Vegetables are more than 90 percent water, so make sure you meet their water requirements.
Growing vegetables in containers requires lots of water, but you don’t want to overdo it. Keep the soil moist but not wet. Stick your finger in the soil about an inch or so and if the soil feels dry, then water. In mid-summer you may need to water every day and perhaps twice, especially if your containers are in a windy area.
To be successful at container vegetable gardening, make sure you have adequate drainage in your pot. Make sure your container drains well - rule of thumb is 1-2 square inches of drainage hole per 1 square foot of the bottom of the container. Drill extra holes if necessary. Letting the plants sit in too much water will cause the roots to rot.
If you find that you have a difficult time getting containers watered everyday, try an inexpensive, do-it-yourself slow drip system of watering. If you want to get serious, you can purchase a slow drip system. Many vegetable gardeners like to use self watering containers.
Growing vegetables usually need full sun – that means at least six hours of direct sunlight a day. Take time to see how much sunlight certain areas of your deck, patio or balcony actually get before deciding where to place containers.
Pests and disease plague most vegetables at some point. Vegetable gardening in containers helps with this because your plants are more accessible - you can nip these problems in the bud. There are various chemical products available to treat pests and disease. However, companion planting may reduce your need to use chemical treatments.
Try companion planting with your vegetables. These are plants that help in the growth of another. They may repel pests or attract beneficial insects, and they may provide shade, nutrients or support.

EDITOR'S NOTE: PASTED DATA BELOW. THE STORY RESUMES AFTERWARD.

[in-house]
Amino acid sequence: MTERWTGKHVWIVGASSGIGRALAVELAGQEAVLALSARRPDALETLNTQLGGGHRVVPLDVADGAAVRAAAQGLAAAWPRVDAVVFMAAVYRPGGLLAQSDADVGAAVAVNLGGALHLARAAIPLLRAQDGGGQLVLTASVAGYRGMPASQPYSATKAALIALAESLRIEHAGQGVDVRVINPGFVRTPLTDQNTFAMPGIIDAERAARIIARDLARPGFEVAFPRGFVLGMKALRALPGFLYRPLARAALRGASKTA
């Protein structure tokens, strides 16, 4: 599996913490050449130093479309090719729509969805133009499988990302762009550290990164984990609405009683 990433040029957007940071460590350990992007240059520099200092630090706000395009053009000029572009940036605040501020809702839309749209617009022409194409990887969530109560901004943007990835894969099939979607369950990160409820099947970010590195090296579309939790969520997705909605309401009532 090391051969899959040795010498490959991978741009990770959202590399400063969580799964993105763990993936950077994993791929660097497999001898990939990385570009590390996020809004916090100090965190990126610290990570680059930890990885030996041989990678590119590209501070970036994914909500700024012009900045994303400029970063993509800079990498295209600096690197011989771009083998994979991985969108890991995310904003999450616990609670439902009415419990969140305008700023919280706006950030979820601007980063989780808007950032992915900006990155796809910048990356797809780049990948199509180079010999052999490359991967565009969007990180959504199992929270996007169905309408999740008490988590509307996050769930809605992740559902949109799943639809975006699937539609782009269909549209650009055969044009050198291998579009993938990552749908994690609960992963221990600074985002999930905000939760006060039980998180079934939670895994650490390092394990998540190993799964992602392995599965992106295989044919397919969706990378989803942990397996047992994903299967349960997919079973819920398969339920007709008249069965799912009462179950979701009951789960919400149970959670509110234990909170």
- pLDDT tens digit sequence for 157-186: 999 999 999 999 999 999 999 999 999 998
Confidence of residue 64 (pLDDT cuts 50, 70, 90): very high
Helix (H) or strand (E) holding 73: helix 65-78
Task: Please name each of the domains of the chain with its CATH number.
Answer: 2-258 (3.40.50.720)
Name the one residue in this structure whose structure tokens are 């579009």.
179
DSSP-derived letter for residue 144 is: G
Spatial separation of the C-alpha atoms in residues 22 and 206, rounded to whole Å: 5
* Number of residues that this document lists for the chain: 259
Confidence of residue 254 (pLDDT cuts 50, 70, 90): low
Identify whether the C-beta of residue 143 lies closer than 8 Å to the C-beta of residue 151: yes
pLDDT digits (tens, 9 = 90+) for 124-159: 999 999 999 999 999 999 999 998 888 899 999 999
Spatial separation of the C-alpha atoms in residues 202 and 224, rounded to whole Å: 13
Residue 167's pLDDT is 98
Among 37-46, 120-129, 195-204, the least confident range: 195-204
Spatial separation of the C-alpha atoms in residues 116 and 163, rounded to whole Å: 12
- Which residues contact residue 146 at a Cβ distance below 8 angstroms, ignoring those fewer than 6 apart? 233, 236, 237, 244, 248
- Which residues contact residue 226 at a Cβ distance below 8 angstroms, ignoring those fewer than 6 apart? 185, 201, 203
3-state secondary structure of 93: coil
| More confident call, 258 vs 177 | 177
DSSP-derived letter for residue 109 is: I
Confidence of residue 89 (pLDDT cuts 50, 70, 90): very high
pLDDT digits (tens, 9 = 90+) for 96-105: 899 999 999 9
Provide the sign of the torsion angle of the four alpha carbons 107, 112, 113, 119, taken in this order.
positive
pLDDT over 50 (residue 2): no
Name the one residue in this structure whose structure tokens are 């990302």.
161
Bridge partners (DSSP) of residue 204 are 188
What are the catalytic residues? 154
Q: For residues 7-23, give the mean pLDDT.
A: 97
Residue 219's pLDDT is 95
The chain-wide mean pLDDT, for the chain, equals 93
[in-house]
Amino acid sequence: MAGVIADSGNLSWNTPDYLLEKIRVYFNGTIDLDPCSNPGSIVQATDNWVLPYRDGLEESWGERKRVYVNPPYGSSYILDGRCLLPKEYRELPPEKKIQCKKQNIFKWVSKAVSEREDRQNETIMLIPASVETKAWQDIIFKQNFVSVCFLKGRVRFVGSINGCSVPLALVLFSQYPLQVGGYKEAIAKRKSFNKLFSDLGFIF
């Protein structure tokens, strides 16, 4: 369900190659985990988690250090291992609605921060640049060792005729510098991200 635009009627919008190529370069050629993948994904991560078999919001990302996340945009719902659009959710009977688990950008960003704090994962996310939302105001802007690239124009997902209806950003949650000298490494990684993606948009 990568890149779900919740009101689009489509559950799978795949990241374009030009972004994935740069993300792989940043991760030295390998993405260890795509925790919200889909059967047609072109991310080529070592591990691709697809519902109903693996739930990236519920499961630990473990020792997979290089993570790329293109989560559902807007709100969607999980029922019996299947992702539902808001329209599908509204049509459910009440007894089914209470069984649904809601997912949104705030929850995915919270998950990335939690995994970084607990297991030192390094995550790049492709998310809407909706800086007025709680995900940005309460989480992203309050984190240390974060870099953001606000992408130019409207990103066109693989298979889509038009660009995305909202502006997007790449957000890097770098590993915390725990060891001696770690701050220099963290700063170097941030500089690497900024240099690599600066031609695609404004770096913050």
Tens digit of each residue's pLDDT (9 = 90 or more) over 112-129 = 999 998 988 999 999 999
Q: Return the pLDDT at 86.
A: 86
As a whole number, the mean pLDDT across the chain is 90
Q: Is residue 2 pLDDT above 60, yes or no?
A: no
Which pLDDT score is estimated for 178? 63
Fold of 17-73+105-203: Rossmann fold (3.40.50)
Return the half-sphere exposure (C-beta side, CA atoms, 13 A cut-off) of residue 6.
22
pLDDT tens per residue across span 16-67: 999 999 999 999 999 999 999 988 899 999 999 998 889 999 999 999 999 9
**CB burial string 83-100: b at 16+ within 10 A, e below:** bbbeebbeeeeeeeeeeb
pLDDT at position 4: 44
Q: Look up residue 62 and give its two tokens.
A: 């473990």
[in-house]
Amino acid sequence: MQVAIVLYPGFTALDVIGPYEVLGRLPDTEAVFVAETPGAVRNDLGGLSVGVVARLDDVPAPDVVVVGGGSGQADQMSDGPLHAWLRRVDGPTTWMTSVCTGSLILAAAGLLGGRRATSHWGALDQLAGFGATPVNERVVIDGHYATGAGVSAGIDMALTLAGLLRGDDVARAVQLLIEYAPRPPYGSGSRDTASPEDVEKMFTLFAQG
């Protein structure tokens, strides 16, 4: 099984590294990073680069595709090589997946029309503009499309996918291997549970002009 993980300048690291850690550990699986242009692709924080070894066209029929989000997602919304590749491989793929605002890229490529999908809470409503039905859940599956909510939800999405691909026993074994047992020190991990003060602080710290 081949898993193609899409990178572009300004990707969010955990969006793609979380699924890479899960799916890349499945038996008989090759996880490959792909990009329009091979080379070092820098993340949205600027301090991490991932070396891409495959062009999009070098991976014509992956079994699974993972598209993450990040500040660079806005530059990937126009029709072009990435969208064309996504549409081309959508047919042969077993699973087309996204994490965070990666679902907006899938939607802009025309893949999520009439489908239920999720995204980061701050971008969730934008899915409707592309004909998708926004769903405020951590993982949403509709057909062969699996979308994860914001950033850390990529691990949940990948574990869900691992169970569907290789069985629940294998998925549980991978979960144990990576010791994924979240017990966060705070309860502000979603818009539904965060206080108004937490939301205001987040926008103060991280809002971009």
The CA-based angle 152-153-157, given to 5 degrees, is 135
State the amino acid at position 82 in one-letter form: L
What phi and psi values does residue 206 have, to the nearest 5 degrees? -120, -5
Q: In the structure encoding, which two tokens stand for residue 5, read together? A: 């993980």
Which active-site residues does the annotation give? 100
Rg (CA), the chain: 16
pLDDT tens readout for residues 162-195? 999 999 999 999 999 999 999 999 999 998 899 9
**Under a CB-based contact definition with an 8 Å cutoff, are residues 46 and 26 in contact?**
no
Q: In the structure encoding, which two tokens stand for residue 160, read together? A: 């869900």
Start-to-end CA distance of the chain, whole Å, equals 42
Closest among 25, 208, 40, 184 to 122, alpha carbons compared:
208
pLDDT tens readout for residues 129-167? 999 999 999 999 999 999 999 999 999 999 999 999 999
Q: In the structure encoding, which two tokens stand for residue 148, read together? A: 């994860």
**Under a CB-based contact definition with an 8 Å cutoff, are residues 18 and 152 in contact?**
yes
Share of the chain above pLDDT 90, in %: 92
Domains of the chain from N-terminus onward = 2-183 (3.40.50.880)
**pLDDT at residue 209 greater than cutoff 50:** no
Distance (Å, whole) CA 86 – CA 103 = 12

Here are some examples - the plant is shown to the left and their companion plants are listed to the right.
Green beans can be planted with most herbs and vegetable
Carrots can be planted with peas, lettuce, onion, sage, tomato - do not plant with dill
Celery works well when planted with nasturtiums, onion, cabbage and tomato
Cucumbers can be planted with beans, peas, sunflowers and radish. It should not be planted with herbs or potatoes
Lettuce works well when planted with carrots, radishes, strawberries or cucumber
Plant onions with beets, carrots, lettuce or cabbage. Do not plant with beans or peas
Parsley can be planted with tomato and asparagus.
Peas are companions for beans, carrots, radishes, turnips and cucumber. Do not plant them with onions or potatoes.
Pair radishes with peas, nasturtium, lettuce or cucumber. Do not plant with hyssop
Spinach pairs well with strawberries
Tomatoes can be planted with onion, marigolds, carrots, parsley and cucumber. Do not plant them along with cabbage, fennel or potatoes
Here are some easy-to-grow veggies to try. Visit Best Container Vegetables for planting guidelines.